The human body's muscular system is the set of internal tissue responsible for movement and coordination. This system can be affected by several diseases and disorders that can damage muscle tissue and greatly impact a patient's quality of life. Some of the more common muscular system diseases as of 2011 are muscular dystrophy, myasthenia gravis, Lou Gehrig's disease and neuropathy. While brain-related illnesses such as Parkinson's disease can manifest as a lack of muscle control, these are not properly classified as muscular system diseases.
Muscular dystrophy is a serious degenerative disorder in which a patient's muscle strength gradually weakens over time. Patients with muscular dystrophy may experience muscular atrophy and a loss of control of one or more muscle groups. This is an inherited condition with no cure. Some sufferers may lose the ability to walk or experience potentially deadly complications with heart and lung muscles. While there is no cure for this illness, physical therapy and corticosteroids can help patients remain mobile and active longer.
Another serious muscular illness that causes weakness is myasthenia gravis. This disorder belongs to a larger family of muscular system diseases known as neuromuscular junction disorders. These disorders involve problems in transmitting information between the muscles and the nerve cells that control them. Myasthenia gravis results from an autoimmune disorder in which the patient's own antibodies interfere with the neurotransmitters. Patients suffering from this condition may experience difficulty breathing and performing routine muscle movements.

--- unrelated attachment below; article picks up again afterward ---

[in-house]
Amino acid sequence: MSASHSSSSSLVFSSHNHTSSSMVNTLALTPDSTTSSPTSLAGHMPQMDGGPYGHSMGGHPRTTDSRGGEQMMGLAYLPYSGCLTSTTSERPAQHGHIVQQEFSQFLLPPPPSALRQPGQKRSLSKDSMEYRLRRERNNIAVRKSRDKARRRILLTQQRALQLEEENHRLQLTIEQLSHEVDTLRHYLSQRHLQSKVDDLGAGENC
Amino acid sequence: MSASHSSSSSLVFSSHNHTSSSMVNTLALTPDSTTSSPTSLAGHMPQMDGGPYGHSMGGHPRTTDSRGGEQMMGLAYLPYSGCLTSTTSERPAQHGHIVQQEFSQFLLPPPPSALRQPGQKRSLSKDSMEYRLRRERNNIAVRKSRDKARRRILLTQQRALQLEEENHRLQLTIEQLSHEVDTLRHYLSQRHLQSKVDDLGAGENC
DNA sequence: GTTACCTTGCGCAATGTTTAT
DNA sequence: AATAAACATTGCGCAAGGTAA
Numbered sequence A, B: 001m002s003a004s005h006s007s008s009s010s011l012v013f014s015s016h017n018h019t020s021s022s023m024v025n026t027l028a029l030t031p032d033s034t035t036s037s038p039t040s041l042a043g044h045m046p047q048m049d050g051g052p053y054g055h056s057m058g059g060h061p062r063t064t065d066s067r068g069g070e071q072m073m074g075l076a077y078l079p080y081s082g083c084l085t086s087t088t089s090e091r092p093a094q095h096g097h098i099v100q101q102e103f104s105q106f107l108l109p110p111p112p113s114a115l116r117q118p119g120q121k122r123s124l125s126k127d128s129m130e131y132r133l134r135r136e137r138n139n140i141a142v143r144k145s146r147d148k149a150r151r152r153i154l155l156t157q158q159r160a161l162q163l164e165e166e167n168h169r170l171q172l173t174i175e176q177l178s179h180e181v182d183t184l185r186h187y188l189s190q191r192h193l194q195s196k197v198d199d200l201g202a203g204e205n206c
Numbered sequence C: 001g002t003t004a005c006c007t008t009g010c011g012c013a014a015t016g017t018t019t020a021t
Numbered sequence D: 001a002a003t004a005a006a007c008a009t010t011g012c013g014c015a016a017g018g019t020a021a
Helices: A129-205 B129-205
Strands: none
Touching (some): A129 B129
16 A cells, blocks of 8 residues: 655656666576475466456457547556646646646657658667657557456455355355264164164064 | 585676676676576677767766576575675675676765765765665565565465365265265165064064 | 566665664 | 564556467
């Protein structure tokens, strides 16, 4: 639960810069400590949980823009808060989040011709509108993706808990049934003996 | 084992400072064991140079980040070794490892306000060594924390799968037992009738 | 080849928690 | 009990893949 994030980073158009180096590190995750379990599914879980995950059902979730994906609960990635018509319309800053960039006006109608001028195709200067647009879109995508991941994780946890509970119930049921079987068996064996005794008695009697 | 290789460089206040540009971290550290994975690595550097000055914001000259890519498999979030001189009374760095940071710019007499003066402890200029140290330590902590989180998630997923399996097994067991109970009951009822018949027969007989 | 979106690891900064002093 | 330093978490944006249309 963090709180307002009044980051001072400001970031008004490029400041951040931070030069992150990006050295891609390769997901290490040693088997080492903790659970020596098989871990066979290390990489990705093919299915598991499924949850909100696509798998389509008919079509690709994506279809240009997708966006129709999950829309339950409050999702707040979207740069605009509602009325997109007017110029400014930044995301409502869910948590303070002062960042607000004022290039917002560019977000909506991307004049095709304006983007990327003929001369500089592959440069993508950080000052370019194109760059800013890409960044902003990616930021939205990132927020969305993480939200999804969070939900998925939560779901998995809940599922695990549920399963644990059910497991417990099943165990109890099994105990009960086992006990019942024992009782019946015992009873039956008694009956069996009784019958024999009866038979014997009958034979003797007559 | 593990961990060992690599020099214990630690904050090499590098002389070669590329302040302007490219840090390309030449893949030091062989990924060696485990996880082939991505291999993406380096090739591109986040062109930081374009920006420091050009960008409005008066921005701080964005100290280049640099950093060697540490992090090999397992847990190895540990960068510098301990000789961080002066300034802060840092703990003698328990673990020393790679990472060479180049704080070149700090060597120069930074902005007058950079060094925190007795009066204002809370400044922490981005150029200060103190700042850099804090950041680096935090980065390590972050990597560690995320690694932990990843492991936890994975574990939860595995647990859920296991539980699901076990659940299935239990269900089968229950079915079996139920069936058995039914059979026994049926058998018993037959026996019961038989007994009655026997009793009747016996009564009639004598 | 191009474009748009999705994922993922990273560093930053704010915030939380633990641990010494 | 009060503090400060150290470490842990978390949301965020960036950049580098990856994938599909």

Lou Gehrig's disease, or amyotrophic lateral sclerosis (ALS), is one of the better known muscular system diseases because of its association with the popular baseball player. This condition is a type of motor neuron disease in which the nerve cells responsible for transmitting information to the muscles begin to die off. This leads to muscular atrophy throughout the body and eventual paralysis. While some forms of motor neuron disease are inherited, researchers have not determined what factors lead to ALS. This disease is incurable and typically leads to death within two or three years.
Another major family of muscular system diseases includes neuropathies. These conditions involve damage to peripheral nerves outside the spinal cord and can produce a variety of symptoms, depending on which nerves are involved. Patients suffering from a neuropathic condition cam experience numbness, tingling, muscle cramps and weakness. These types of muscular system diseases can be related to a number of factors, including genetics, ingesting toxic substances, vitamin deficiencies or other illnesses.